Nissan Note1.5 dCi
Loads of passenger room, an ingenious folding boot floor, great handling - the Nissan Note is music to John Simister's ears. And at less than £10,000, you can pick up one for a song...
Price: £11,995 (range starts at £9,995 and goes up to £12,995)
Engine: 1,461cc, four cylinders, eight valves, 86bhp @ 3,750rpm, 148lb ft @ 1,900rpm
Transmission: five-speed gearbox, front-wheel drive
Performance: 104mph, 0 to 60mph in 12.7 seconds, 55.4mpg official average
Feeling crotchety? Me? Not at all - I had a minimum of social liquor last night, thus staving off any thick-headedness and quavery speech this morning, and I'm enjoying this new Nissan to a surprising degree.
What new Nissan is this, then? Is it 4x4 time once again? It's not. This is a car without obvious category or genre, neither a regular hatchback nor a compact MPV. It plays a different tune altogether, in harmony only with itself. Meet the Nissan Note.
Note is an anagram of Tone, the name given to the Nissan concept that previewed it. A Nissan Tone might not have gone down so well, though, given our Prime Minister's waning popularity. Note strikes a more melodious chord.
Probably the most noteworthy aspect of the new Nissan (OK, I'll try to stop now) is its interior space. The rear legroom is huge, like that of the long-wheelbase version of the old-model Mercedes A-class. Yet this is not a Note drawn out like a semibreve (sorry) but an aesthetically well-proportioned car which is built on a stretched version of the Nissan/Renault Alliance B platform. This means that under the skin it's related to the Nissan Micra, Nissan Cube, Renault Modus, the new Renault Clio and various other foreign Nissans.
In fact, there's no other car on UK sale which quite matches the Note's combination of exterior compactness and interior space. It's designed around the notion that children are often denied the room they crave, especially sitting behind a tall daddy. Children had a big say in the Note's design, apparently, and specified a rear-seat armrest to keep warring factions apart, the flip-up tables on the backs of the front seats, the power socket and the unzip-to-expand seat-back pockets.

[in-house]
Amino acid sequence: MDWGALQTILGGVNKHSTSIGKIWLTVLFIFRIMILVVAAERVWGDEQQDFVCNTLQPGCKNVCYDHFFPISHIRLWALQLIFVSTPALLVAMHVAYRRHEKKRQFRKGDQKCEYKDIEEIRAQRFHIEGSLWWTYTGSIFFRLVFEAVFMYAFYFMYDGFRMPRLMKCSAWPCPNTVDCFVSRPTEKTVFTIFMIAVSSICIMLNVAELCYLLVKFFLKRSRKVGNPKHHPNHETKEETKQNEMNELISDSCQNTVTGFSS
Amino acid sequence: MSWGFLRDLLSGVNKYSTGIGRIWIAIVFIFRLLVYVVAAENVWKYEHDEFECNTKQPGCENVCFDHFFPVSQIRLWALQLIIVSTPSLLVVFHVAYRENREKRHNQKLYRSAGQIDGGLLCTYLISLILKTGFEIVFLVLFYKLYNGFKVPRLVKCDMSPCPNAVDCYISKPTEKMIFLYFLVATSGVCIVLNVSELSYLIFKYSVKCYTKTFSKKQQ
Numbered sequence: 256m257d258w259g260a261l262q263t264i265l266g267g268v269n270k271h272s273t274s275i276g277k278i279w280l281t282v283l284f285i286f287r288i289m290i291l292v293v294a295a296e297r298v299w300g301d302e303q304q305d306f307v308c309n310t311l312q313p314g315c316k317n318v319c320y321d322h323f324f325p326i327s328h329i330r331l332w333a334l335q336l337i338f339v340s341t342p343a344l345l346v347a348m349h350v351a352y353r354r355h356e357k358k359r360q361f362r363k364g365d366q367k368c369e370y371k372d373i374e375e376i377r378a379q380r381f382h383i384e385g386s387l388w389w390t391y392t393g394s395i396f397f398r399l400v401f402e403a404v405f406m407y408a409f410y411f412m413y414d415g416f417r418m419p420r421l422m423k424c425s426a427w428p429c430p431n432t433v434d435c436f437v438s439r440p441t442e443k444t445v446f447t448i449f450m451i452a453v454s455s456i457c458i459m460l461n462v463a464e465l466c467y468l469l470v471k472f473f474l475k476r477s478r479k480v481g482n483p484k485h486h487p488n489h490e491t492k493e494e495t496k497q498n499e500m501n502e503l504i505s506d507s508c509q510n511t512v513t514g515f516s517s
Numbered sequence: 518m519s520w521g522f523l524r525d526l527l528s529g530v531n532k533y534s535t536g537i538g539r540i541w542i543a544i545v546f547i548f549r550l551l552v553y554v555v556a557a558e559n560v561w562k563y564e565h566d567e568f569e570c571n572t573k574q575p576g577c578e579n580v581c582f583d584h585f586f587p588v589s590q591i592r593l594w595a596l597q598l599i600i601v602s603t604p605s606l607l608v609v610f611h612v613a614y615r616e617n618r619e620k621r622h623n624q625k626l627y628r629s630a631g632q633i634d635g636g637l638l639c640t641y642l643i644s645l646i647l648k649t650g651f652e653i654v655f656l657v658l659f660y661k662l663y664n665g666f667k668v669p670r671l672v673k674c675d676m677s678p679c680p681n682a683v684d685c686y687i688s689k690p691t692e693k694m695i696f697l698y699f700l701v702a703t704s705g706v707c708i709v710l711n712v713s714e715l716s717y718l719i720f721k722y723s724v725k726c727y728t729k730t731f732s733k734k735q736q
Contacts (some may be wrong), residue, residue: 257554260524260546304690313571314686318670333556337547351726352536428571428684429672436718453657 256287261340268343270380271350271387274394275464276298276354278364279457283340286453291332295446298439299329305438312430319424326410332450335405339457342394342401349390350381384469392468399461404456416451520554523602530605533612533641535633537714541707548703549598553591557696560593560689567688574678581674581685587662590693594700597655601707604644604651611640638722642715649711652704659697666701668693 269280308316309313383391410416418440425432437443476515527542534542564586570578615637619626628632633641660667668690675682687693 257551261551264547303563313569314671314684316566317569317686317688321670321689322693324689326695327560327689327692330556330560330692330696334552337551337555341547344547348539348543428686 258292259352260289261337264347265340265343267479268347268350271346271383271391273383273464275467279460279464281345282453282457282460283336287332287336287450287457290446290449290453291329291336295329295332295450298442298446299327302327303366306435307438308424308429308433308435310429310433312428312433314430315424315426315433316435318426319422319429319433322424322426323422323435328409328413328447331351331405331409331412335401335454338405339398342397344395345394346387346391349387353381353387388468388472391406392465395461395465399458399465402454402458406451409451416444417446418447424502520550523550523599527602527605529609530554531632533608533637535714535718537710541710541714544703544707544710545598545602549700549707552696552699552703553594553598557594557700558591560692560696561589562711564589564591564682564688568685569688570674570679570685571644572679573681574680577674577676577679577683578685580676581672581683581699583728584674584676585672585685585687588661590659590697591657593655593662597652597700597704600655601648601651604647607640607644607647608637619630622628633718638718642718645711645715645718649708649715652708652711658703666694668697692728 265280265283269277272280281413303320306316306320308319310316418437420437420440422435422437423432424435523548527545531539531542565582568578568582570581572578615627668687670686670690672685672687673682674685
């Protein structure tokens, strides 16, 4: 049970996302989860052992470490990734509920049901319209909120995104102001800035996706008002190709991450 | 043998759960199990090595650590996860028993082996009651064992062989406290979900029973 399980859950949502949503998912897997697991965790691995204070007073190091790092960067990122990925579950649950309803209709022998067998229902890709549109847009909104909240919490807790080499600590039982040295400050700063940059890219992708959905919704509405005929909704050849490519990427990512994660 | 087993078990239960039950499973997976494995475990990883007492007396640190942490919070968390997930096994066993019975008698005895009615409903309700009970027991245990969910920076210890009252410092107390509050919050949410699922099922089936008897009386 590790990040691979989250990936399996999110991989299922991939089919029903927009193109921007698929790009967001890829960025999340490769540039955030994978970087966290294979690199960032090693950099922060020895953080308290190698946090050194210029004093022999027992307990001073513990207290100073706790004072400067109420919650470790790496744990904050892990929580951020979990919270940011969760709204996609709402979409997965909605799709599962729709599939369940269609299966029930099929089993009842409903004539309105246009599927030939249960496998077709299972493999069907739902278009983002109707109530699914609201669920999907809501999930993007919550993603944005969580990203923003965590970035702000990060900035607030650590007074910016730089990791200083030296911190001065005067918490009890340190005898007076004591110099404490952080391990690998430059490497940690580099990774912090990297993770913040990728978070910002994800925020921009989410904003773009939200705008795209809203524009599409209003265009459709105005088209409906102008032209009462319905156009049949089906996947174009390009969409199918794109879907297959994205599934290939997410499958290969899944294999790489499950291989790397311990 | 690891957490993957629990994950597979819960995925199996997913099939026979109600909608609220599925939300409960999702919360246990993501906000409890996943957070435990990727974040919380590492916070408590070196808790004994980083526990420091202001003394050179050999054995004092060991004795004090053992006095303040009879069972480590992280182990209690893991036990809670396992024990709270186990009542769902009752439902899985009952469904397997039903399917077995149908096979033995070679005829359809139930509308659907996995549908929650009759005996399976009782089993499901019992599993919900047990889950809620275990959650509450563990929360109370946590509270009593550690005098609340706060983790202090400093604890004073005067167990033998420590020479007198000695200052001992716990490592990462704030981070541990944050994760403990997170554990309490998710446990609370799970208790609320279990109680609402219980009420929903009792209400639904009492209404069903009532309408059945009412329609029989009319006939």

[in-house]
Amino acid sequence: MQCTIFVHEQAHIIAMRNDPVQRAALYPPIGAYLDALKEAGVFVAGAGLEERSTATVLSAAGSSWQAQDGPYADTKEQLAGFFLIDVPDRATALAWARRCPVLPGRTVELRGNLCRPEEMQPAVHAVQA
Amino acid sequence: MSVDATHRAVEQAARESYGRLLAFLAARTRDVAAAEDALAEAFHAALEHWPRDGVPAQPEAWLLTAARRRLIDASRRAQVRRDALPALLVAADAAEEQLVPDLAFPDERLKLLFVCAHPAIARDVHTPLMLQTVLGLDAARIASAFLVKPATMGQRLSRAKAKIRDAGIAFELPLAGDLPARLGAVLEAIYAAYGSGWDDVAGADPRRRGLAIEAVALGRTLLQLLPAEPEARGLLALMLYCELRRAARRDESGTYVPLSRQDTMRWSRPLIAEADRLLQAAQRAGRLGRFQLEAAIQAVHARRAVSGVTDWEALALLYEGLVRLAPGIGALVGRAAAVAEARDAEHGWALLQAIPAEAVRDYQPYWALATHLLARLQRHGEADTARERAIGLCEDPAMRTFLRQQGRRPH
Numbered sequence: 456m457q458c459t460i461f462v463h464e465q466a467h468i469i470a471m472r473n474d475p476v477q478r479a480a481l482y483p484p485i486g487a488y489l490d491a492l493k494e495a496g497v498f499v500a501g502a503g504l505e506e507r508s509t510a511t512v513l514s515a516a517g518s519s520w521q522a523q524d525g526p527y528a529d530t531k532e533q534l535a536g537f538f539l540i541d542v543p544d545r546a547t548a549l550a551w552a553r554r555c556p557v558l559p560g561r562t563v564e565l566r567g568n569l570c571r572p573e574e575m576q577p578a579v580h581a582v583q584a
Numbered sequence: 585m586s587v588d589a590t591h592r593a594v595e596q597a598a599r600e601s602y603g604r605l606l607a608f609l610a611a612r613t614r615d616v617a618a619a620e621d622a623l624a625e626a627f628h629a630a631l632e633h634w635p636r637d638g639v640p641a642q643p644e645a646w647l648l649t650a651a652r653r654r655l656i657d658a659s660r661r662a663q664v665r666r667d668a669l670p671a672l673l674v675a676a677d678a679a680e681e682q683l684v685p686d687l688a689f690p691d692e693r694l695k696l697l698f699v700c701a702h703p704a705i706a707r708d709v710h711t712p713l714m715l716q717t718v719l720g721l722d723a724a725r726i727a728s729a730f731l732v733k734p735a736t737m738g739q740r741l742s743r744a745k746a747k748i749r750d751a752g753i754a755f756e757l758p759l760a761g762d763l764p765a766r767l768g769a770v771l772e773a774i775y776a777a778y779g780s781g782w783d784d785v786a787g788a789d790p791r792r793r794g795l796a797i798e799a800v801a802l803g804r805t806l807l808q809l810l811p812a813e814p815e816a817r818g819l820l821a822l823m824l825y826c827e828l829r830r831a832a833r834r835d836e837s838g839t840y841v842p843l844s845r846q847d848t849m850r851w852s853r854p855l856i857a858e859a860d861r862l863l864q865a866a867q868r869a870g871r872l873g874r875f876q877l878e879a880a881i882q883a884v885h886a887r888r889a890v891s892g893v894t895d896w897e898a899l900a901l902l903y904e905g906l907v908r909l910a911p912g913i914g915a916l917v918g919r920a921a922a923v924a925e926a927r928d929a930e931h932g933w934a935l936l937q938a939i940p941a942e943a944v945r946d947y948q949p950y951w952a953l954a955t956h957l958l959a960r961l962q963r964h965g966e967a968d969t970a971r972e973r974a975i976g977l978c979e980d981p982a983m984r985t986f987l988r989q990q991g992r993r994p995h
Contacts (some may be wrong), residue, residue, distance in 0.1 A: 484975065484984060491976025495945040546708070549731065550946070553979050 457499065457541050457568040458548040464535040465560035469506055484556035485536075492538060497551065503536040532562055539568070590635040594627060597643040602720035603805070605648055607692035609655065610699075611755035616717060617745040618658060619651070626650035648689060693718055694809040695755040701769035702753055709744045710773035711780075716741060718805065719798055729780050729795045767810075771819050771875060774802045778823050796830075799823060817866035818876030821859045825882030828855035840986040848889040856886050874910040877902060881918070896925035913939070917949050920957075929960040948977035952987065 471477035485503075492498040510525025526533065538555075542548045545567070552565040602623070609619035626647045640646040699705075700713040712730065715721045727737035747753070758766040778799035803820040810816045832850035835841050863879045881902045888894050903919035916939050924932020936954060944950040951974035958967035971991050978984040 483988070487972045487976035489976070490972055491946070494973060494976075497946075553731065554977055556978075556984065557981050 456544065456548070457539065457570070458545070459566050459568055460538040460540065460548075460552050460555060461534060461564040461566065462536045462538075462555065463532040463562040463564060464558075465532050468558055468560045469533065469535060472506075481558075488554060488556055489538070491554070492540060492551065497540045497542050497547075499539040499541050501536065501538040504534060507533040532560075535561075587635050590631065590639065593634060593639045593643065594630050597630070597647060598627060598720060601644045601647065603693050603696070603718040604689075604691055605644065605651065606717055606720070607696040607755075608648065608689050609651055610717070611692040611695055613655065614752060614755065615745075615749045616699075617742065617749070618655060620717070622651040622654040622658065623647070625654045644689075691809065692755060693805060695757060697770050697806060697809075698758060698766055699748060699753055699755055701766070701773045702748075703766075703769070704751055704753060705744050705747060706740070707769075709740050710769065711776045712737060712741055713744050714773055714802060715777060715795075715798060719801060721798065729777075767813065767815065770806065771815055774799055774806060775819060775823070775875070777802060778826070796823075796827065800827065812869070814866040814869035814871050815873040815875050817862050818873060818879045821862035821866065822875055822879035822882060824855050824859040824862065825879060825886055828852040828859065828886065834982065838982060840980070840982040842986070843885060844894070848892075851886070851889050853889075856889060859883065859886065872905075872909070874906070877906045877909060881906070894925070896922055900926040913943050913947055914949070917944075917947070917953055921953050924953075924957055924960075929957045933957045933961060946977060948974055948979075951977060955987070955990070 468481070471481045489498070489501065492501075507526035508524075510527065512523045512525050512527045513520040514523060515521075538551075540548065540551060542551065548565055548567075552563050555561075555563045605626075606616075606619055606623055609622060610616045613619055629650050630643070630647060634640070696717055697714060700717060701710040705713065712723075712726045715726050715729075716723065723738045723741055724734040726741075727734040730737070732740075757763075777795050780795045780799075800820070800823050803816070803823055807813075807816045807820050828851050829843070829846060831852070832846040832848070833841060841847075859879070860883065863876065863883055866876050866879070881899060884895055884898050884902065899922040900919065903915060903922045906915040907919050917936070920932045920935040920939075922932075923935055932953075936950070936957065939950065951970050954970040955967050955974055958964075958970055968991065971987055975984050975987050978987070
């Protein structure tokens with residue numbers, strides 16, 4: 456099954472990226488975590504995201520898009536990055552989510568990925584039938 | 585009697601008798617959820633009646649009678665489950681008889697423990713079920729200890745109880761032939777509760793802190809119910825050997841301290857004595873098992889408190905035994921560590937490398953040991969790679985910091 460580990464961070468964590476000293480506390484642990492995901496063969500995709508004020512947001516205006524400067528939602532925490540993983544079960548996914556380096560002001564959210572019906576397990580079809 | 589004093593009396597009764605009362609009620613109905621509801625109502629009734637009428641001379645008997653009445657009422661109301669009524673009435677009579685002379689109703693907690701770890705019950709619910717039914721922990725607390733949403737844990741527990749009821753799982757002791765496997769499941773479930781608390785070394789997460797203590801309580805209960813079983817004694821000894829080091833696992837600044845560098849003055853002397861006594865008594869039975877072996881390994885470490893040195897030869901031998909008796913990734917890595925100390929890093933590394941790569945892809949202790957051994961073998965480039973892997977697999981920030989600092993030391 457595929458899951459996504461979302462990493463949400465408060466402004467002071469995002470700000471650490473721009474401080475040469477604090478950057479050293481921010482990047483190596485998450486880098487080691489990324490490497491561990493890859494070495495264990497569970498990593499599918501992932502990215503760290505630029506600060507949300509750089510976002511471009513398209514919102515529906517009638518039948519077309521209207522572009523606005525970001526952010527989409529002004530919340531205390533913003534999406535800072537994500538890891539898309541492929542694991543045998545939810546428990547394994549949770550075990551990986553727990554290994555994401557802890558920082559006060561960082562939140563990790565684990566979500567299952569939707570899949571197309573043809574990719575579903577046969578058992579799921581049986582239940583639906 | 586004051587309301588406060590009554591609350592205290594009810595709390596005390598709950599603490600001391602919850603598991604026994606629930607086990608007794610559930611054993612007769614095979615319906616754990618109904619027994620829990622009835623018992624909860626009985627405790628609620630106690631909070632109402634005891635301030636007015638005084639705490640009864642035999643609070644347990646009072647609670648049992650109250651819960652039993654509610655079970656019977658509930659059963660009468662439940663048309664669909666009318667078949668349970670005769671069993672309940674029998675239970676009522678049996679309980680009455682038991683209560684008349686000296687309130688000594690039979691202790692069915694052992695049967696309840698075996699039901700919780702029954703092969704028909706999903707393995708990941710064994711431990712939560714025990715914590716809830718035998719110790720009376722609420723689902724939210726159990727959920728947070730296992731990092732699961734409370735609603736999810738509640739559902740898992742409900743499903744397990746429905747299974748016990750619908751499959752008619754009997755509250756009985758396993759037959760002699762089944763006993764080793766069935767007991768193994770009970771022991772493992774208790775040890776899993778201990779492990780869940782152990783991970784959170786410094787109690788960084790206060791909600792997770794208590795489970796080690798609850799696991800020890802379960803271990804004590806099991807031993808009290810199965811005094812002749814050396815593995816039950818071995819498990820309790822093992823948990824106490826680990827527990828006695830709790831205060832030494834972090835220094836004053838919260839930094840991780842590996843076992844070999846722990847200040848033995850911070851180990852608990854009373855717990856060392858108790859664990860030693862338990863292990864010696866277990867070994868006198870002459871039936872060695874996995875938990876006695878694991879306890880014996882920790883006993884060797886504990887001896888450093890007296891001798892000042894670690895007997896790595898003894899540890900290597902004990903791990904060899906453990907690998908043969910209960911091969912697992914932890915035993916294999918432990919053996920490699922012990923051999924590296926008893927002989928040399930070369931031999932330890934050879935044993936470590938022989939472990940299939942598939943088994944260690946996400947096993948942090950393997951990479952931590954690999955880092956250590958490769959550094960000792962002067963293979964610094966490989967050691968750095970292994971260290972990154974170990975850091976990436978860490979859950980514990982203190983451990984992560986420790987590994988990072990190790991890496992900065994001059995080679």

The versatility goes further. You can stash 12 drinks cans in the air-conditioned glovebox. You can flip the front passenger seat's cushion forward to reveal a secret storage box. And you can both slide the rear seat forward to make a big boot instead of big leg space, and fold its backrests down to make a load bay.
Thus folded, the rear seat is on a level with the false, but very strong, two-piece Flexi-Board boot floor (the pieces can be removed and stowed in the compartment beneath). Yet there's still plenty of room for bulky items because the Note is a fairly lofty car - although its centre of gravity is no higher than a Micra's.
You might think that Nissan has missed a couple of tricks here, though. Why won't the rear seat do a "double tumble" and let its cushion also fold out of the way? Too expensive to engineer. And why not make the front seat also fold forward, rather than having to wind the recline wheel all the way back? Expense again. Chris Lee, chief product planner at Nissan's technical centre at Cranfield, where the Note was developed, says that designing and tooling up for such a seat would have cost a scarcely credible €1m.
Such costs are important. Prices start at £9,995 for the 1.4-litre base model, and there are signs of cheapness in the hard plastic door trims, the lack of reach-adjustment for the steering wheel and the Velcro-like fixing for the "hammock" part of the rear shelf. Fabric covering for the windscreen pillars and rubber mats inside the multifarious storage places would boost the perceived quality considerably, and we may see these in future.